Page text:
Chapter 12 and 24 Survivability

    Level 0 or Level 1 survivability designation. Generally speaking, contractors will use pathway survivability of Level 2 or 3 for in-building fire emergency
    1. Level 0 pathways have no required survivability. With electronic redundancy through various LAN and WAN networks, Ethernet is a good example of Level 0.
    2. Pathway Survivability Level 1 consist of pathways in buildings that are fully protected by an automatic sprinkler system in accordance with NFPA 13, Standard for the Installation of Sprinkler Systems, with any interconnecting conductors, cables, or other physical pathways installed in metal raceways. 2-hour fire-rated circuit integrity (CI) cable or similar.
    3. Rather than just pathway of circuit, entire building is fully protected by a sprinkler system.

    NFPA 13, Standard for the Installation of Sprinkler Systems

    , with any interconnecting conductors, cables or other physical pathways installed in metal raceways.

    UL 2075, Standard for Gas and Vapor Detectors and Sensors. e.g. Carbon Monoxide (CO) sensors.

    SDM Access Control, Panels

    HART - Highway Addressable Remote Transducer

    remote control telemetry: bi-directional industrial field communication protocol between intelligent field instruments and host systems.
    1. Industrial Automation Leaders Fire Alarms First
      1. Siemens AG
      2. Honeywell (Notifier SWIFT wireless mesh & ONYX panels)
      3. UTC Climate, Controls & Security (CCS includes Kidde, Edwards/EST) in addition to BIM, Carrier HVAC/R, & Otis elevators
      4. Tyco
      5. Bosch
      6. ABB (ASEA Brown Boveri), acquired Thomas & Betts in 2012
      7. Schneider Electric SA France
      8. Emerson Industrial Climate Technologies Retail Solutions HVAC, refrigeration, energy monitoring
      9. Rockwell Automation Allen-Bradley
      10. Yokogawa
      11. Omron
      12. Invensys
      13. Mitsubishi Electric
      14. General Electric (GE)
      15. Johnson Controls
      16. Aspen Tech
      17. Moxa
      18. Koyo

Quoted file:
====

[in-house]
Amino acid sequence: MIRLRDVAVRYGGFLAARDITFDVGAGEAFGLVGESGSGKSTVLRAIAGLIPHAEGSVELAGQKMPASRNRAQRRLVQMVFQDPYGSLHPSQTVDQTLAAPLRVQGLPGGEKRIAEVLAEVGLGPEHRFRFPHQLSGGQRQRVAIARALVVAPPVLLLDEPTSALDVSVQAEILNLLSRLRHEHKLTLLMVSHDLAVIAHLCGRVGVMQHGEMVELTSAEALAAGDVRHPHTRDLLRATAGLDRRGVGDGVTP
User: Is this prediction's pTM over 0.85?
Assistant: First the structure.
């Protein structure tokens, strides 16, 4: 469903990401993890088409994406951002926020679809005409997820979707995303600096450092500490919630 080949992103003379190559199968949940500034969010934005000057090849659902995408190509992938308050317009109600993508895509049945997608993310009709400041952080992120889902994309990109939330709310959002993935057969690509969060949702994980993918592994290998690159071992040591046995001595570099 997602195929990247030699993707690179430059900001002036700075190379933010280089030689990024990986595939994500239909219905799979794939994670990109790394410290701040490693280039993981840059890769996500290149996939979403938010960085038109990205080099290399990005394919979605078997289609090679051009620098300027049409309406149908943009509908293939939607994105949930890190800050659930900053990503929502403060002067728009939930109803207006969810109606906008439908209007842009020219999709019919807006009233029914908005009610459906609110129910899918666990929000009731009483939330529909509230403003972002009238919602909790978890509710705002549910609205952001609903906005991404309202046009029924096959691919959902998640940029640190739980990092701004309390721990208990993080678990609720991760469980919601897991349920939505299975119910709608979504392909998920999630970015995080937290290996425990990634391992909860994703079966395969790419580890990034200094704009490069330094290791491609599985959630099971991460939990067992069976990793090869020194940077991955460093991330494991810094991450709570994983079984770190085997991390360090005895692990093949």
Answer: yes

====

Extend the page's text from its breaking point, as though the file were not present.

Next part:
19. Triconex
      • Hubble
      • Cooper
      • Pass & Seymour
      • Simplex TrueAlert addressable fire alarm NACs, IDCs & SLCs
      • DITEK Total Surge Solution (TSS)
      • Manufacturing Execution Systems (MES), Laboratory Information Management System (LIMS), Warehouse Management System (WMS)
      • CERT
    KellersInc.com
    http://books.powerdesigninc.us/external/temporary_power/# Gulf Coast Electrician $2B of projects
    Smart Dispatch is delaying, deferring and bundling work orders

    As hardware has become more capable at lower prices market share shifts towards software and services

    24 VAC “C” wire from HVAC system

    Class II power limited 50 VA

    <NetControl.fi>

    NFPA 1 Fire Code

    NFPA 101-2015 Life Safety Code: occupancy classification, egress, sprinklers, alarms, emergency lighting, smoke barriers, carbon monoxide (CO) and special hazard protection in both new and existing structures. Calculate occupant load. NICET Level III.

    NFPA 170

    Fire Protection Handbook

    Fire Alarm Signaling Systems

    firemarshals.org

    reedconstructiondata.com/building-codes now http://www.constructconnect.com/building-codes/?search=Virginia

    • OSHA 1910.164 (Fire Detection Systems)
    • OSHA 1910.165 (Employee Alarm Systems)

    ANSUL & AMEREX manufacture kitchen grease fire suppression wet chemical systems including dual agent.

    ANSUL R-101 (dry chemical) & Ansul X R-102 (wet chemical with foam blanket)

    Fusible link melts. Compressed gas

    Salamander - food station

    Proximity hoods are designed for grease and heat laden effluent (Type I Hood) and are shorter in height and depth than a canopy hood. The name "Proximity" or "Backshelf" refers to the close location of the hood with respect to the cooking equipment.

    Exhaust and supply fans

    Dry, chemical or gaseous fire suppression systems - Carbon Dioxide CO2, FM200 Halon,